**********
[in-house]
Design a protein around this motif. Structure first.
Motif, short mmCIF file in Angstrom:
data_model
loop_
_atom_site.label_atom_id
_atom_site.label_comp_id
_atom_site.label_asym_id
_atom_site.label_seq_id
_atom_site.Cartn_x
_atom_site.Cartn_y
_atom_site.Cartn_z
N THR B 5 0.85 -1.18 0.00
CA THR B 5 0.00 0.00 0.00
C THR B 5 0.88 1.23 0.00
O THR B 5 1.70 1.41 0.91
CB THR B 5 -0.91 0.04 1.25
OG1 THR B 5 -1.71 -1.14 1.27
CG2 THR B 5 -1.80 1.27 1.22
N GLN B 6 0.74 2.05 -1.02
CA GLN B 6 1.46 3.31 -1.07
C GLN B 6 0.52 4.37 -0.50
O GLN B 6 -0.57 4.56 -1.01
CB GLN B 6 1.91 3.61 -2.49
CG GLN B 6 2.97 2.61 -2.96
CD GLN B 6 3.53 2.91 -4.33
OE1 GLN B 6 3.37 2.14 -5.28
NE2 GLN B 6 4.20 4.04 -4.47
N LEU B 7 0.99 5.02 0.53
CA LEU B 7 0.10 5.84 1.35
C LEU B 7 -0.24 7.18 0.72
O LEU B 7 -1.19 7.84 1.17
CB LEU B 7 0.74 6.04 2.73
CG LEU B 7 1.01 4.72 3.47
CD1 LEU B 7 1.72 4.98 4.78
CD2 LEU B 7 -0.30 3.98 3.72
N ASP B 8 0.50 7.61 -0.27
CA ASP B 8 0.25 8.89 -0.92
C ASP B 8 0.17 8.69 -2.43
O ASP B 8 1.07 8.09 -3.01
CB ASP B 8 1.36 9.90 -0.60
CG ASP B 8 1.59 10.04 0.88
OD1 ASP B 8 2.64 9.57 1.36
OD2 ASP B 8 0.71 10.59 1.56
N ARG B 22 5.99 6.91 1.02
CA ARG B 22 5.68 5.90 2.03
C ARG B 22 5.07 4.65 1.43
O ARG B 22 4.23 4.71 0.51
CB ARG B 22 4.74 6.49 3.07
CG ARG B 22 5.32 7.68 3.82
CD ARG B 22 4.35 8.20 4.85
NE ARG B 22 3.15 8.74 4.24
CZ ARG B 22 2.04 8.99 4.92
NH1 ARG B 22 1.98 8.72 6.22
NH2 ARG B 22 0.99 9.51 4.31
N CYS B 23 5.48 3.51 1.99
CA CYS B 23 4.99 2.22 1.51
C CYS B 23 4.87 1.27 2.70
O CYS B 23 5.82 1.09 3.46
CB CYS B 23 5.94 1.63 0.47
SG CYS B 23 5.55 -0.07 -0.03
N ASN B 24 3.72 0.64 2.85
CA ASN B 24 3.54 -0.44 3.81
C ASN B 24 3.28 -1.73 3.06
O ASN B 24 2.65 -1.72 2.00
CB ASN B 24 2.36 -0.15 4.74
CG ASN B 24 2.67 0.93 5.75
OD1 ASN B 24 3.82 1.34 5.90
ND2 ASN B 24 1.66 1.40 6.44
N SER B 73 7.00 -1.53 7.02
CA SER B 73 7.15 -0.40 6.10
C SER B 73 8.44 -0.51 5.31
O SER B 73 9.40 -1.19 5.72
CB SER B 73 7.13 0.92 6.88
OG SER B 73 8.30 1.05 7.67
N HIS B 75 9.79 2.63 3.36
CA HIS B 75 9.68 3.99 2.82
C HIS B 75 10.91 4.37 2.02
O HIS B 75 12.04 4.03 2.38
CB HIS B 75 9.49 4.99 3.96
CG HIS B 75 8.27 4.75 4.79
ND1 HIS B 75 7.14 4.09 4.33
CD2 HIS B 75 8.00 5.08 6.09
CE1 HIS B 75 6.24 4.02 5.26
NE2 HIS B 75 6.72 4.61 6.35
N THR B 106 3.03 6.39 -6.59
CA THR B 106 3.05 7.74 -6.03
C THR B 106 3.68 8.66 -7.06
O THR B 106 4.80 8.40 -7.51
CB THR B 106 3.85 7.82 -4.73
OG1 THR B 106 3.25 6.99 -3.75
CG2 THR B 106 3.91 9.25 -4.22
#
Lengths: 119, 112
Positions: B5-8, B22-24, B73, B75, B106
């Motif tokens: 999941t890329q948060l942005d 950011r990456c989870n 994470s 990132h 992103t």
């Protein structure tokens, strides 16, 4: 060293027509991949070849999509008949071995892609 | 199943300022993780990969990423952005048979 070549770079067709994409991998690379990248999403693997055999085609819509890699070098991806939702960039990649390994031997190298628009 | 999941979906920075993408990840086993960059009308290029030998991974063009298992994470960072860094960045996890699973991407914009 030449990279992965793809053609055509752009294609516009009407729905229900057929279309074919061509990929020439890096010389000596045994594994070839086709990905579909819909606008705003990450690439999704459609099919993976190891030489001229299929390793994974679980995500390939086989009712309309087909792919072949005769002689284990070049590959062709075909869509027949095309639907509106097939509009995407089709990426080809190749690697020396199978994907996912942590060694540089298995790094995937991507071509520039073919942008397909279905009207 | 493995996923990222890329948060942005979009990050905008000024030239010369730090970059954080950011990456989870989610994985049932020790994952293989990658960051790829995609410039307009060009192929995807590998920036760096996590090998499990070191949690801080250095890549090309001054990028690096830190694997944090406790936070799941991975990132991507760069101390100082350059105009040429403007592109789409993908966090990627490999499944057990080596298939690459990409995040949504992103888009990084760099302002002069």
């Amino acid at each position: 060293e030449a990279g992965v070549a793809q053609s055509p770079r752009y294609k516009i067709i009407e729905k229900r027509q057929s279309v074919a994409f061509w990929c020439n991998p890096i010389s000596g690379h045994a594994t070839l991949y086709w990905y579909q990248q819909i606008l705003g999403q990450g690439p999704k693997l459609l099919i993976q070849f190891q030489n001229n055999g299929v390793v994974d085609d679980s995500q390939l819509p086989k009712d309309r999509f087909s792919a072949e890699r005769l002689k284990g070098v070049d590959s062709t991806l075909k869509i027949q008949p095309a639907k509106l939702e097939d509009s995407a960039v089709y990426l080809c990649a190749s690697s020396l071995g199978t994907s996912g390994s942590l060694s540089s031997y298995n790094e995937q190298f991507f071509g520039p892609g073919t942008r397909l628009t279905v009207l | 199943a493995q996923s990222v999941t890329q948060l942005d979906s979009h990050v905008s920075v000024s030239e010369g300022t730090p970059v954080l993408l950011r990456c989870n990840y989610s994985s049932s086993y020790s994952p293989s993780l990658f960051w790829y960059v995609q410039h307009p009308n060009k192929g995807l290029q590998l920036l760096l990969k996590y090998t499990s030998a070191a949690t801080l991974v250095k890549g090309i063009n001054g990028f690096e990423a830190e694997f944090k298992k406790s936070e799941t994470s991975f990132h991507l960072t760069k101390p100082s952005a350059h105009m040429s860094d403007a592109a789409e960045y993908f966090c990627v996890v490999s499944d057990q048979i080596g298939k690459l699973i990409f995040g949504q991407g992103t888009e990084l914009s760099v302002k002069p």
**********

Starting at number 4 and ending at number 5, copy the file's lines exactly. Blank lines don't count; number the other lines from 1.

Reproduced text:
data_model
loop_